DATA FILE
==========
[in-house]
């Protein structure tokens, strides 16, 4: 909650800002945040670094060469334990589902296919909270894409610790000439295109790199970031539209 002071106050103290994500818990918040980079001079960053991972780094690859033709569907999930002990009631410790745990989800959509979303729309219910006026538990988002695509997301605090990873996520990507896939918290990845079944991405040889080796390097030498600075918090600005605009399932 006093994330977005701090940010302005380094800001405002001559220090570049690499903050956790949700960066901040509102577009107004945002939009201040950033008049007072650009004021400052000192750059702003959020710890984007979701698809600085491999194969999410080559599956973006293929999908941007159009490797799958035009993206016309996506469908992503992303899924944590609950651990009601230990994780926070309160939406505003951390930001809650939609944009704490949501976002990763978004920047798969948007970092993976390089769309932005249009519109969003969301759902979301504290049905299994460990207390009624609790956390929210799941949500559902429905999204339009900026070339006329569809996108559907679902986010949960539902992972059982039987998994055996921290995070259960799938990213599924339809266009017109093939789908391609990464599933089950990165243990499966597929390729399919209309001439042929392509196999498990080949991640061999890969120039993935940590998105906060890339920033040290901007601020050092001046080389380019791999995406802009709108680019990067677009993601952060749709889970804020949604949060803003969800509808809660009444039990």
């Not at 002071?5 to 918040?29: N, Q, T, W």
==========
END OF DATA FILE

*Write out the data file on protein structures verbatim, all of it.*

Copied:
[in-house]
């Protein structure tokens, strides 16, 4: 909650800002945040670094060469334990589902296919909270894409610790000439295109790199970031539209 002071106050103290994500818990918040980079001079960053991972780094690859033709569907999930002990009631410790745990989800959509979303729309219910006026538990988002695509997301605090990873996520990507896939918290990845079944991405040889080796390097030498600075918090600005605009399932 006093994330977005701090940010302005380094800001405002001559220090570049690499903050956790949700960066901040509102577009107004945002939009201040950033008049007072650009004021400052000192750059702003959020710890984007979701698809600085491999194969999410080559599956973006293929999908941007159009490797799958035009993206016309996506469908992503992303899924944590609950651990009601230990994780926070309160939406505003951390930001809650939609944009704490949501976002990763978004920047798969948007970092993976390089769309932005249009519109969003969301759902979301504290049905299994460990207390009624609790956390929210799941949500559902429905999204339009900026070339006329569809996108559907679902986010949960539902992972059982039987998994055996921290995070259960799938990213599924339809266009017109093939789908391609990464599933089950990165243990499966597929390729399919209309001439042929392509196999498990080949991640061999890969120039993935940590998105906060890339920033040290901007601020050092001046080389380019791999995406802009709108680019990067677009993601952060749709889970804020949604949060803003969800509808809660009444039990």
């Not at 002071?5 to 918040?29: N, Q, T, W």